The epicanthal fold is a small web of tissue overlapping the nasal corner of the eye. It is seen in both Asian and Occidental eyelids, but is much more common and distinctive in Asian eyelids, where it seems to be present to at least some degree in almost every patient. The presence of an epicanthal fold is normal in people of Asiatic descent. An epicanthal fold is also
common in children with Down syndrome. Epicanthal folds may also be seen in young children of any race before the bridge of the nose begins to elevate.
The fold may vary from hardly-noticeable to well-developed. It is typically most prominent during childhood, but often changes shape and diminishes in size with age as the developing bridge of the nose gains more height and pulls the skin away from the eye.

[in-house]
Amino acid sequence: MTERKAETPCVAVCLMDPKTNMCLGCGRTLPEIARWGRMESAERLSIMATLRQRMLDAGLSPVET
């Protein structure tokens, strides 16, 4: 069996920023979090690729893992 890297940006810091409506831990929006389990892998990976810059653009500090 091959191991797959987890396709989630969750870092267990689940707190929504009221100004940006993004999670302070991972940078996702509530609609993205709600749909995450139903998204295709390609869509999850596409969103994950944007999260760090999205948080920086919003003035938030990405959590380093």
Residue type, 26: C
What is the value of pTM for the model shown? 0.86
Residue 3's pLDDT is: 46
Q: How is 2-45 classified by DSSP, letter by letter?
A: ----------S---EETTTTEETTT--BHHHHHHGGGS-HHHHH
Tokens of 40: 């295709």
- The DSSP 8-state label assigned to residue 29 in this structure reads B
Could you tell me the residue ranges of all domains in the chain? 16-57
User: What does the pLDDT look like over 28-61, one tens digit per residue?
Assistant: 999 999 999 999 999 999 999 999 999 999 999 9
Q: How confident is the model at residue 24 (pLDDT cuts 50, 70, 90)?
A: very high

The reason for the increased prevalence and prominence of the epicanthal fold on the Asian eyelid has not been thoroughly elucidated, but undoubtedly the explanation lies in the many variations of the complex anatomy of the multi-contoured area of skin, muscle, and tendon located between the bridge of the nose and the inner corner of the eye.
Terminology used to describe the anatomic variations in the epicanthal folds is confusing and of limited clinical relevance. It is more helpful to speak of the fold as minimal, moderate, or prominent.
Epicanthoplasty is occasionally undertaken to soften the appearance of an especially prominent fold. Available procedures are not without risk and are best reserved for folds with substantial cosmetic impact.